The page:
“Look at that,” there was a butter dish hovering in the air. The instant her mate looked up to see it too it dropped out of the air. It smashed in the sink. She went on to see such things often.
It was her also who would notice when the spirit moved through into behind the bar. “Oh oh” was more or less all she would say, then things started to happen. Almost empty shelves would fill by the next time you bent down to add a pint glass. An upside down wine glass slowly sliding up its rack to crash to the floor. There would be a spate of such occurrences then things would calm and the kitchens would start having problems.
There was also a problem in the public area but Christine felt this was a different presence. When she was tidying up at ‘yucking out’ time she would find one of the wooden table tops to be swimming in beer. She would sort it, move on and look back to see it a-swim with ale again.
This went on over several weeks and then one evening she noticed a glisten and stood still to watch as the table top filled up with beer all on its own, as if the beer was welling up out of the wood itself.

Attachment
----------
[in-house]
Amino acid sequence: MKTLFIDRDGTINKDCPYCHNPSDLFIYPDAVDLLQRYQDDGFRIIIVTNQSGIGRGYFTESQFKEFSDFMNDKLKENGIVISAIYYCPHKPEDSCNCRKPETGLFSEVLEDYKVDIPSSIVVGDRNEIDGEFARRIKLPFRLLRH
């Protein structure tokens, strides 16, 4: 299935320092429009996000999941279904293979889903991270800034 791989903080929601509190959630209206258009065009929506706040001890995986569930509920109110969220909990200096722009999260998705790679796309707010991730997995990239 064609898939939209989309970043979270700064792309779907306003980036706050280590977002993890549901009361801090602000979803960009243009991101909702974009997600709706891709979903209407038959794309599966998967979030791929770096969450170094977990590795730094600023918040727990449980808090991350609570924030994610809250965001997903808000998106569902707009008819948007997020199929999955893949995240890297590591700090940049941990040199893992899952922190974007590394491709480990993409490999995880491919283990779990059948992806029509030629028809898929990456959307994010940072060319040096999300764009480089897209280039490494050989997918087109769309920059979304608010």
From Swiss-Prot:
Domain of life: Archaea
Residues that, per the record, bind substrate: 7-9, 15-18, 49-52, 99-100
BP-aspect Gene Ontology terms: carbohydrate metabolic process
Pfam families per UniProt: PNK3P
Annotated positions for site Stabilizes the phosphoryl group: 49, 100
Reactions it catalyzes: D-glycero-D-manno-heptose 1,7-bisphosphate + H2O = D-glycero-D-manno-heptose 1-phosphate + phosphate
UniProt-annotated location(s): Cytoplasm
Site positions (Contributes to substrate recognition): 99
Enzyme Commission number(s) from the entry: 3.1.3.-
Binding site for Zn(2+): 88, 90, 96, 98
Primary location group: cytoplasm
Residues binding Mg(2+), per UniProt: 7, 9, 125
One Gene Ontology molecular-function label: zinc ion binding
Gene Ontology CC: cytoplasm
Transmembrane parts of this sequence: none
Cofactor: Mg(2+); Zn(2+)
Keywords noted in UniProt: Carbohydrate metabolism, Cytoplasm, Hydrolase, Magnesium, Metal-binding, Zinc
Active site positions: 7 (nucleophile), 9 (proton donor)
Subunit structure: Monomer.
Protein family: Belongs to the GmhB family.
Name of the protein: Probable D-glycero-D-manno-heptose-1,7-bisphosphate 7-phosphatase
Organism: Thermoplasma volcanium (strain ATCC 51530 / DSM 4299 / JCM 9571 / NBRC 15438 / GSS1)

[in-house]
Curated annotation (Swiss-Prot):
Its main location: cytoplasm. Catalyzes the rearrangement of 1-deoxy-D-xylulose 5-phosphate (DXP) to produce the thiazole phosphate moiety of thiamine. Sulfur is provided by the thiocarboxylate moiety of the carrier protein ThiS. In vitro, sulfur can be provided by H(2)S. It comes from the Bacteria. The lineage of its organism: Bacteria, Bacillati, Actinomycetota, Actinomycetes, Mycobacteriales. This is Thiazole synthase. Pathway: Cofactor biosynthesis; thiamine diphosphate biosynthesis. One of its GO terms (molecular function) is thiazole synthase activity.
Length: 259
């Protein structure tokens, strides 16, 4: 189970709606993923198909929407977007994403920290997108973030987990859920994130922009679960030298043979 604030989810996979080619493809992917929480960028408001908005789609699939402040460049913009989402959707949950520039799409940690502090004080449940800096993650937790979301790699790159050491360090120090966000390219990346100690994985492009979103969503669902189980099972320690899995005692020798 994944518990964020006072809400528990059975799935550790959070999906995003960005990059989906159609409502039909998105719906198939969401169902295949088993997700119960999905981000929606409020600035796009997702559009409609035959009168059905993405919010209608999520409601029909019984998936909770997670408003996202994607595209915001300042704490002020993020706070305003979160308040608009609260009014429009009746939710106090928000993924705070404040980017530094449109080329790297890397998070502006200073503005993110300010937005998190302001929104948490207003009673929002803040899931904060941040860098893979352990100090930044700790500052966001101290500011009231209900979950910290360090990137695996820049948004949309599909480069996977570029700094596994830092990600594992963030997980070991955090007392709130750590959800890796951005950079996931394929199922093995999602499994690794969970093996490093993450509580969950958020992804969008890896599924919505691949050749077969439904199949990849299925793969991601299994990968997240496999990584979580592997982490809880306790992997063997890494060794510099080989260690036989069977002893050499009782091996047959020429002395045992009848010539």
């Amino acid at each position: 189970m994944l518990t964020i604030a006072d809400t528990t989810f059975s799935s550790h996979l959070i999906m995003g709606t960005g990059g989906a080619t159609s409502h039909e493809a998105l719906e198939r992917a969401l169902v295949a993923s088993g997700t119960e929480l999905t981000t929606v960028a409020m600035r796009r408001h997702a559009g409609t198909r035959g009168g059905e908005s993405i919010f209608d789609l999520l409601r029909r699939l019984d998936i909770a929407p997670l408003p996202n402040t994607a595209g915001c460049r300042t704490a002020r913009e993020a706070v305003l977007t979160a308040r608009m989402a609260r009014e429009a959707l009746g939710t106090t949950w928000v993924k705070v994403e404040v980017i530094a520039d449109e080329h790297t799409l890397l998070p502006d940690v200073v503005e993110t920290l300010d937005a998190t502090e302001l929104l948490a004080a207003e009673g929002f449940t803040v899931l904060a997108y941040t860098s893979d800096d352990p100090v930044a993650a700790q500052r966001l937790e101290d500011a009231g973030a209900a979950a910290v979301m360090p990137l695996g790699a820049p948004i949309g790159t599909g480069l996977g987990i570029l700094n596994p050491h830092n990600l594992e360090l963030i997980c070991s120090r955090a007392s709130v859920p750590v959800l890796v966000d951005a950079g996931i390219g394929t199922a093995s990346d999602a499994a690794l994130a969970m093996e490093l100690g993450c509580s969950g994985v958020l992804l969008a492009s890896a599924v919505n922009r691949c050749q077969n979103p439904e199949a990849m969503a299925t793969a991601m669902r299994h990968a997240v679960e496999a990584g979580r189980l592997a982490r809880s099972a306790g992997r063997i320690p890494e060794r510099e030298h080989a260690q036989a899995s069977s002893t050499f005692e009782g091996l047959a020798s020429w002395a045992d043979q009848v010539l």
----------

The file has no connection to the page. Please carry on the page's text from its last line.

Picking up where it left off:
As I watched this table anxiously and while we are ‘sat here’ in the warm let us cast an eye down the road to another haunted establishment.
Just along Bootham and down to the left on Marygate, there are two places to tell of actually, down near the bottom is the Jorvik Guest House where a figure is often seen in the building; in rooms and in the bar, perhaps all the more spooky for its hazy dark appearance.
Back up the way towards the main road I will tell of a ghost which is so clearly seen it is often not thought of as a ghost.
The Coach house hotel is the haunt of a soldier. In First World War trench gear he is most usually seen in the bar-room off to the right. At the far end of the serving area. How people generally react is to point out that the re-enactment guy was before them. Staff will say there is no one there and if customers get up from the left ha nd restaurant area sure enough there is only them waiting to be served.